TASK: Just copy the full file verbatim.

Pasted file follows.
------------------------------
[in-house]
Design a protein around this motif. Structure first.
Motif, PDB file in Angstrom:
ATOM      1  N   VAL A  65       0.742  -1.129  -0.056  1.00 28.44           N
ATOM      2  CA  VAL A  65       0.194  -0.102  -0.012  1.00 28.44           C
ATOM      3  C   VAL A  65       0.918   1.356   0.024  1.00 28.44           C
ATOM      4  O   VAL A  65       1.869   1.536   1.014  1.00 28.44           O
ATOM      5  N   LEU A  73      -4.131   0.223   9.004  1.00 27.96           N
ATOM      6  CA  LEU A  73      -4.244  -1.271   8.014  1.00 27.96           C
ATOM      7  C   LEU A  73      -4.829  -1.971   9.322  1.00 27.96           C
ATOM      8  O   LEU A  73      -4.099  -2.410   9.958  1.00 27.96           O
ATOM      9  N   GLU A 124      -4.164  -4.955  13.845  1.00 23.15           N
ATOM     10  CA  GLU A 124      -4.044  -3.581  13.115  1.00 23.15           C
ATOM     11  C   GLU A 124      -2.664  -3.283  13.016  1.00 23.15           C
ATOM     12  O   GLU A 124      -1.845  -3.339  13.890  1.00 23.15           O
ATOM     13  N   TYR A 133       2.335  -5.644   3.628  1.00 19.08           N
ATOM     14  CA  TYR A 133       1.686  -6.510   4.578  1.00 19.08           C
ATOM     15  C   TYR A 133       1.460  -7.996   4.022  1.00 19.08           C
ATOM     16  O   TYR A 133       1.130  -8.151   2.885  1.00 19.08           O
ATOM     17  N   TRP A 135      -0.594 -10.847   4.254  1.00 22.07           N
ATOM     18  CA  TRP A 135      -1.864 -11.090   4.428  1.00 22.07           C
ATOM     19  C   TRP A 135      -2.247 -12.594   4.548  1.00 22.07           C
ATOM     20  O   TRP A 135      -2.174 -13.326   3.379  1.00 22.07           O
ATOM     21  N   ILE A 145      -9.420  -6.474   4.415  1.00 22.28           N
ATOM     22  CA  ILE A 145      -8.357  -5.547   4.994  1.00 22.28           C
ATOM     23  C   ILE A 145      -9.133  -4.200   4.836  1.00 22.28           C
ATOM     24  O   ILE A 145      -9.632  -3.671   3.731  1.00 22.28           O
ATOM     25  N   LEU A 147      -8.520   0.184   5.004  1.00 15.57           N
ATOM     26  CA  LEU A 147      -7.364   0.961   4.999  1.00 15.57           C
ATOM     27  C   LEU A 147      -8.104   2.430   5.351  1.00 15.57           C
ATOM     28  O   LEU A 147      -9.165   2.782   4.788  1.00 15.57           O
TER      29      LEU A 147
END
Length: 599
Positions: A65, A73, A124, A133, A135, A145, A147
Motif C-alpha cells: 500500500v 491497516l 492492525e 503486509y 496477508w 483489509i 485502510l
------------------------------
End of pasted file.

[in-house]
Design a protein around this motif. Structure first.
Motif, PDB file in Angstrom:
ATOM      1  N   VAL A  65       0.742  -1.129  -0.056  1.00 28.44           N
ATOM      2  CA  VAL A  65       0.194  -0.102  -0.012  1.00 28.44           C
ATOM      3  C   VAL A  65       0.918   1.356   0.024  1.00 28.44           C
ATOM      4  O   VAL A  65       1.869   1.536   1.014  1.00 28.44           O
ATOM      5  N   LEU A  73      -4.131   0.223   9.004  1.00 27.96           N
ATOM      6  CA  LEU A  73      -4.244  -1.271   8.014  1.00 27.96           C
ATOM      7  C   LEU A  73      -4.829  -1.971   9.322  1.00 27.96           C
ATOM      8  O   LEU A  73      -4.099  -2.410   9.958  1.00 27.96           O
ATOM      9  N   GLU A 124      -4.164  -4.955  13.845  1.00 23.15           N
ATOM     10  CA  GLU A 124      -4.044  -3.581  13.115  1.00 23.15           C
ATOM     11  C   GLU A 124      -2.664  -3.283  13.016  1.00 23.15           C
ATOM     12  O   GLU A 124      -1.845  -3.339  13.890  1.00 23.15           O
ATOM     13  N   TYR A 133       2.335  -5.644   3.628  1.00 19.08           N
ATOM     14  CA  TYR A 133       1.686  -6.510   4.578  1.00 19.08           C
ATOM     15  C   TYR A 133       1.460  -7.996   4.022  1.00 19.08           C
ATOM     16  O   TYR A 133       1.130  -8.151   2.885  1.00 19.08           O
ATOM     17  N   TRP A 135      -0.594 -10.847   4.254  1.00 22.07           N
ATOM     18  CA  TRP A 135      -1.864 -11.090   4.428  1.00 22.07           C
ATOM     19  C   TRP A 135      -2.247 -12.594   4.548  1.00 22.07           C
ATOM     20  O   TRP A 135      -2.174 -13.326   3.379  1.00 22.07           O
ATOM     21  N   ILE A 145      -9.420  -6.474   4.415  1.00 22.28           N
ATOM     22  CA  ILE A 145      -8.357  -5.547   4.994  1.00 22.28           C
ATOM     23  C   ILE A 145      -9.133  -4.200   4.836  1.00 22.28           C
ATOM     24  O   ILE A 145      -9.632  -3.671   3.731  1.00 22.28           O
ATOM     25  N   LEU A 147      -8.520   0.184   5.004  1.00 15.57           N
ATOM     26  CA  LEU A 147      -7.364   0.961   4.999  1.00 15.57           C
ATOM     27  C   LEU A 147      -8.104   2.430   5.351  1.00 15.57           C
ATOM     28  O   LEU A 147      -9.165   2.782   4.788  1.00 15.57           O
TER      29      LEU A 147
END
Length: 599
Positions: A65, A73, A124, A133, A135, A145, A147
Motif C-alpha cells: 500500500v 491497516l 492492525e 503486509y 496477508w 483489509i 485502510l